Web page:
It would be understandable to make certain assumption about frames which just don`t seem to fit in. During the 60`s frames were being produced badged as Holdsworth, Claud Butler and Grubb. Most of the Holdsworth frames out of the “Factory” had Prugnat lugs, on the other hand most of the C.B. frames had Nervex lugs, both sets of frames were built with 531 butted tubs so, what  was to stop a client saying I`ll have a Nervex lugged frame made but I want Holdsworth transfers affixed? Food for thought. Answers on a post card please.

Occasionally, frames turn up against which there are question marks. On Ebay recently a frame was listed and eventually sold as an Holdsworth “Whirlwind”. Now, I`m really not being contentious here but the Whirlwind models finished in the mid 50`s; this was given a date of mid 60s, so I’m a little confused.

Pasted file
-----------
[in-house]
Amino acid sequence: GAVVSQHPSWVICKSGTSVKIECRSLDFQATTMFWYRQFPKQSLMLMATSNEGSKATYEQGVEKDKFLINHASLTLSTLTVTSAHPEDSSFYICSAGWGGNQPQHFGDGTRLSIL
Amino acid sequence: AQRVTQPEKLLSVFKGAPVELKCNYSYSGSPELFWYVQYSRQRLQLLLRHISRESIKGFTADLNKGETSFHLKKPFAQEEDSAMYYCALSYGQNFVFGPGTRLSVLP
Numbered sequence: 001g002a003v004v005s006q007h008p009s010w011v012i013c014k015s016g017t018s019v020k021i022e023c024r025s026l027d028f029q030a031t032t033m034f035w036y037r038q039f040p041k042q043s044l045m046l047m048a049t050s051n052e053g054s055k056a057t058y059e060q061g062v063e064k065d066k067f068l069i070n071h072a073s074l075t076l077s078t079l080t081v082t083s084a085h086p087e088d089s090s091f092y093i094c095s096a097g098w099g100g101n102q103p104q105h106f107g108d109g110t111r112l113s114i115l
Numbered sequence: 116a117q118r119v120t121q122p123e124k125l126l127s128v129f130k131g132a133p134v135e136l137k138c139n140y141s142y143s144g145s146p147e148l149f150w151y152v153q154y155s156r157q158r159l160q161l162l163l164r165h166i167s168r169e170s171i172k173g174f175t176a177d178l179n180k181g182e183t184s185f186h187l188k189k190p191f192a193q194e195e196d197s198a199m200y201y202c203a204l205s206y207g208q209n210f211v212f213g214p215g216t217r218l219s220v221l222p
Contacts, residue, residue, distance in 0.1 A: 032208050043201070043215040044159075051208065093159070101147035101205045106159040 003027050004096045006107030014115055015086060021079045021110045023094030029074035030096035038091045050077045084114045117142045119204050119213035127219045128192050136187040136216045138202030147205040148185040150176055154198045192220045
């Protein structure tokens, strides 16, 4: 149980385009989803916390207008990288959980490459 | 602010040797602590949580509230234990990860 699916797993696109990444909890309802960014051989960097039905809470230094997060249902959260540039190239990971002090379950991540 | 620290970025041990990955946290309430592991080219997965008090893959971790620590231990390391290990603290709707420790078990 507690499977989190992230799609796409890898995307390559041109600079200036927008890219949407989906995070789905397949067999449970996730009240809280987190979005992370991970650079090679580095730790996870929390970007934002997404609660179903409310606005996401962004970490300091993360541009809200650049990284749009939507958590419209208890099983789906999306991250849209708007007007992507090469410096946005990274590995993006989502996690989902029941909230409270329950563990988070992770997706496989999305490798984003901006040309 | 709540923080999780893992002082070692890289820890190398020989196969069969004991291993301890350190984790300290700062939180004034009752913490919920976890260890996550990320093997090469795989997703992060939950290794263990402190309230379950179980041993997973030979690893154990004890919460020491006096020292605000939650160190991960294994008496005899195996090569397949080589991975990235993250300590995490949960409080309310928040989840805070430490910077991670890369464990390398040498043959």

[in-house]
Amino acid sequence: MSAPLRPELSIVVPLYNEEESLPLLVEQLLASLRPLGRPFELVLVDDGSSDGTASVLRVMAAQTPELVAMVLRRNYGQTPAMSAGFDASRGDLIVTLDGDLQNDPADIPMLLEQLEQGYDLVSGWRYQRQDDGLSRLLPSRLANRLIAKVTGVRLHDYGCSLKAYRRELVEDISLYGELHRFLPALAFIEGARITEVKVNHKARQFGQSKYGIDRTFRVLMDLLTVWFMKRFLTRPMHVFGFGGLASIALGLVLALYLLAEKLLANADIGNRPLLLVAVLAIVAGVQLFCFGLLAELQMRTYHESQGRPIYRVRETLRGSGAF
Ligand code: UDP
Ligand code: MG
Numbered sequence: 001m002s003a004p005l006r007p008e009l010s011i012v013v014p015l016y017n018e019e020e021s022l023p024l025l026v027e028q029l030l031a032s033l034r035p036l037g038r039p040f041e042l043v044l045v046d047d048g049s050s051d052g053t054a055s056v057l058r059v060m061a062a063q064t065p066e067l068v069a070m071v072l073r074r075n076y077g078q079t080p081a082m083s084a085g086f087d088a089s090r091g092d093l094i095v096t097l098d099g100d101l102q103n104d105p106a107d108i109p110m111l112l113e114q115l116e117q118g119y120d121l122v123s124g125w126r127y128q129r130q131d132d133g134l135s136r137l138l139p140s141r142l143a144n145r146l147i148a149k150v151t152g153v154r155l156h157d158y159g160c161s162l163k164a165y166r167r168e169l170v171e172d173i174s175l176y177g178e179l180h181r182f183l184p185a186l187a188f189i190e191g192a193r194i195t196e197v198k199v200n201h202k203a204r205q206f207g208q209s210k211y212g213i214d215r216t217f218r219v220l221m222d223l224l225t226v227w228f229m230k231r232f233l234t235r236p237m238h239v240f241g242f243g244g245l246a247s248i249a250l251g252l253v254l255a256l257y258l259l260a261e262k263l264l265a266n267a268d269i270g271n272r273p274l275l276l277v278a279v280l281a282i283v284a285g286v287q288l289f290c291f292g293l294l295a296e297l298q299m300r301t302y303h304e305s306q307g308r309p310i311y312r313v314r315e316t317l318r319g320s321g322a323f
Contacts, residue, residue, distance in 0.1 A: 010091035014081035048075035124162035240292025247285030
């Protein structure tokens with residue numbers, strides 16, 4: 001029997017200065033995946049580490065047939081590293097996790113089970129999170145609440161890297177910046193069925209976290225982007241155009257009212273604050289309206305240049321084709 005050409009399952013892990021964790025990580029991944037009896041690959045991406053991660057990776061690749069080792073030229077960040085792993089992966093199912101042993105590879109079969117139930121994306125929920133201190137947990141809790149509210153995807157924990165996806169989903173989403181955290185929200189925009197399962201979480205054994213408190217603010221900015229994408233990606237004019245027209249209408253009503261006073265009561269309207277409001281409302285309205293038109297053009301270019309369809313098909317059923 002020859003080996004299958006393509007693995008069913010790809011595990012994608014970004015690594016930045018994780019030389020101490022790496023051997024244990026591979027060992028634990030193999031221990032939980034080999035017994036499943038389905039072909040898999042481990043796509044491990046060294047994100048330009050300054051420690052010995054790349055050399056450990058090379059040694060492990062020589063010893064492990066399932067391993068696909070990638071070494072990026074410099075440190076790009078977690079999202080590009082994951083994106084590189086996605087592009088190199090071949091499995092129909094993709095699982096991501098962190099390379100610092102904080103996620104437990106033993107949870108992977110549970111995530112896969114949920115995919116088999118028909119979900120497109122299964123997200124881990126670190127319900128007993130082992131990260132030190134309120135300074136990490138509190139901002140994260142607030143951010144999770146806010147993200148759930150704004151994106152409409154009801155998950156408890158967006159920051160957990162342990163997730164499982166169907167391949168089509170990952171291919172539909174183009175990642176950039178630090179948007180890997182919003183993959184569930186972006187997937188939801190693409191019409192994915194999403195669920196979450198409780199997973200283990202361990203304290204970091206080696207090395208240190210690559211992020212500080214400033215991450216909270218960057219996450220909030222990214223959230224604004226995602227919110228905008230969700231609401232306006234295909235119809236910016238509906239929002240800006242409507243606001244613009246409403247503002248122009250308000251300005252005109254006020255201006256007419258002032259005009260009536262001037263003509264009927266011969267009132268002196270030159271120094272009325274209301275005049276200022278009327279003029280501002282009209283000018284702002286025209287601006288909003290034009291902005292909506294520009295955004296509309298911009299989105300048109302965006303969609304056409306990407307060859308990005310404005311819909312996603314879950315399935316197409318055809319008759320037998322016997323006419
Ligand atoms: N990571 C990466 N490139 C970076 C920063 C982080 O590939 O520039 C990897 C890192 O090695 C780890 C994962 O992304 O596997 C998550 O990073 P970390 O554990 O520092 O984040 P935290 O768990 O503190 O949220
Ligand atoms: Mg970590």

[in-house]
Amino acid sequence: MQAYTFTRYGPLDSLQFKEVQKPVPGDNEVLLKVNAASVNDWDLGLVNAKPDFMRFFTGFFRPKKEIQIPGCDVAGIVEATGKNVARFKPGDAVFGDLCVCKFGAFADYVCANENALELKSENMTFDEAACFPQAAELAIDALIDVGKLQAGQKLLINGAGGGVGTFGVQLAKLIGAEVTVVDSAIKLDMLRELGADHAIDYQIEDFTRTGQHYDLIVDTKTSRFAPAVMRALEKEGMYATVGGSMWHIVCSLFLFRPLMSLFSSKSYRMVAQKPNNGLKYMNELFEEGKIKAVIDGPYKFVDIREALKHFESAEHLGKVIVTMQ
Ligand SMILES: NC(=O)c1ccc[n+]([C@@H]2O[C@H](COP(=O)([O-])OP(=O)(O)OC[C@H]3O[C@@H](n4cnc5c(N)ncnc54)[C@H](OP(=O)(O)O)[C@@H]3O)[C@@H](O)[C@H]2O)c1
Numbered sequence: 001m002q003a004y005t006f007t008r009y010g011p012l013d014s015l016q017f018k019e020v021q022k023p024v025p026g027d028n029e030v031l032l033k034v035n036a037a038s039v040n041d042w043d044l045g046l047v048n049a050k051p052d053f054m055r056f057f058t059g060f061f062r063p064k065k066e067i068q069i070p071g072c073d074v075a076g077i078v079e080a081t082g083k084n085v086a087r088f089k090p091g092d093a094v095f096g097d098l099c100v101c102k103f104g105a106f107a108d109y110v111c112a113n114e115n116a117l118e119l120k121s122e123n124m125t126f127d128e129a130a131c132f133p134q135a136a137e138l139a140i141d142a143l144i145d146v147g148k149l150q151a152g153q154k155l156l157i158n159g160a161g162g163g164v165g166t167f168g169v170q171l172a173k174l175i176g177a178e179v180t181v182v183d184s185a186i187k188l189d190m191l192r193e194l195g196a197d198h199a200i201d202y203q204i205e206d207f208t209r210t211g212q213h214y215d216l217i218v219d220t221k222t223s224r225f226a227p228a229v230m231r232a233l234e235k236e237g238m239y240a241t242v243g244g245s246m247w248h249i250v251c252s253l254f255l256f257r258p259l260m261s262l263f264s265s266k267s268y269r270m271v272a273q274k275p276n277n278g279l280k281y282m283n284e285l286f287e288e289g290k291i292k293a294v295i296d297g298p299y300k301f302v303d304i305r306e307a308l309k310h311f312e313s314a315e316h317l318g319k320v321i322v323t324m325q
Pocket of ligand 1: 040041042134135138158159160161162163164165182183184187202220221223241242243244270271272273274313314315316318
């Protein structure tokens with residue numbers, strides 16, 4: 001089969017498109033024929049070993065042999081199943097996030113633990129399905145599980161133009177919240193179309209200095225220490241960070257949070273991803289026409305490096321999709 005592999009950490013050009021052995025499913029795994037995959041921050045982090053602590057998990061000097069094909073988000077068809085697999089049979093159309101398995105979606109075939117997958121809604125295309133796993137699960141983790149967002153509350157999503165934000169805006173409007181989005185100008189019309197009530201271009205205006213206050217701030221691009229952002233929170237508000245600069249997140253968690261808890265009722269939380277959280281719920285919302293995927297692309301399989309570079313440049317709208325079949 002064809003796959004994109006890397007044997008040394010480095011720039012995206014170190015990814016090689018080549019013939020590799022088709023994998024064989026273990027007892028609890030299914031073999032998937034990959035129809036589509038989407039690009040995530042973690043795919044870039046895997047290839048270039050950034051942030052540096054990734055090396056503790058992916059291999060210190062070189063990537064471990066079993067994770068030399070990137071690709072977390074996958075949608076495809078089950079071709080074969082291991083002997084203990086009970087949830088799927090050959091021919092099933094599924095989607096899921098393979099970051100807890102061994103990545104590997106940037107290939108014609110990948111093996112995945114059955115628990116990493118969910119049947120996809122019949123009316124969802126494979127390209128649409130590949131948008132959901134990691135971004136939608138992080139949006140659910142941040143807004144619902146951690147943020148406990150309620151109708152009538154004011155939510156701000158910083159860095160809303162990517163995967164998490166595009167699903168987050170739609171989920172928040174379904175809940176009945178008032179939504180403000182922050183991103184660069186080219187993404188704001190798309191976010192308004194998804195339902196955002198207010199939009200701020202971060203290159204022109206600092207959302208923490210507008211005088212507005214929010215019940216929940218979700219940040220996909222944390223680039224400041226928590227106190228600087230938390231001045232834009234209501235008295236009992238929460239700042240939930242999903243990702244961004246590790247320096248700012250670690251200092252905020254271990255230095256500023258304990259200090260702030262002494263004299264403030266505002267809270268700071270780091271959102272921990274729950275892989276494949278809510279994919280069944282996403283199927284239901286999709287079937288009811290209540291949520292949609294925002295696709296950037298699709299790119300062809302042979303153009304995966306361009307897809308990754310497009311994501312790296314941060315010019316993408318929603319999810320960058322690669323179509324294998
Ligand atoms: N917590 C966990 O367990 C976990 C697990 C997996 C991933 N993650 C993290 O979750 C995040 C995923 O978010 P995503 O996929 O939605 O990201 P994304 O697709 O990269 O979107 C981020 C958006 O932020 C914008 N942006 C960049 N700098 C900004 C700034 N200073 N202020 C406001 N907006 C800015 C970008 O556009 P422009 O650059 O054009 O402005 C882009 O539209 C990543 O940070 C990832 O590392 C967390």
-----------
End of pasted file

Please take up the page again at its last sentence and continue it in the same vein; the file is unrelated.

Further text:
The frame had been made with Nervex lugs to which had been added some very fancy “spears”. It is indeed a very attractive frame, which did have an Holdsworth “feel” about it. In the hopes that I could find out more I emailed the seller for any provenance he may have had, but no reply was forthcoming. It’s a shame as I would have loved to have heard more about it. Well, my resolution for the new year is to get some more old frames restored to their former glory and to have on the road a frame and trike conversion, both Holdsworth of course.

There is one thing we all have in common though, that is the love of the cycle in general and the need to know more ( that`ll be two things then).”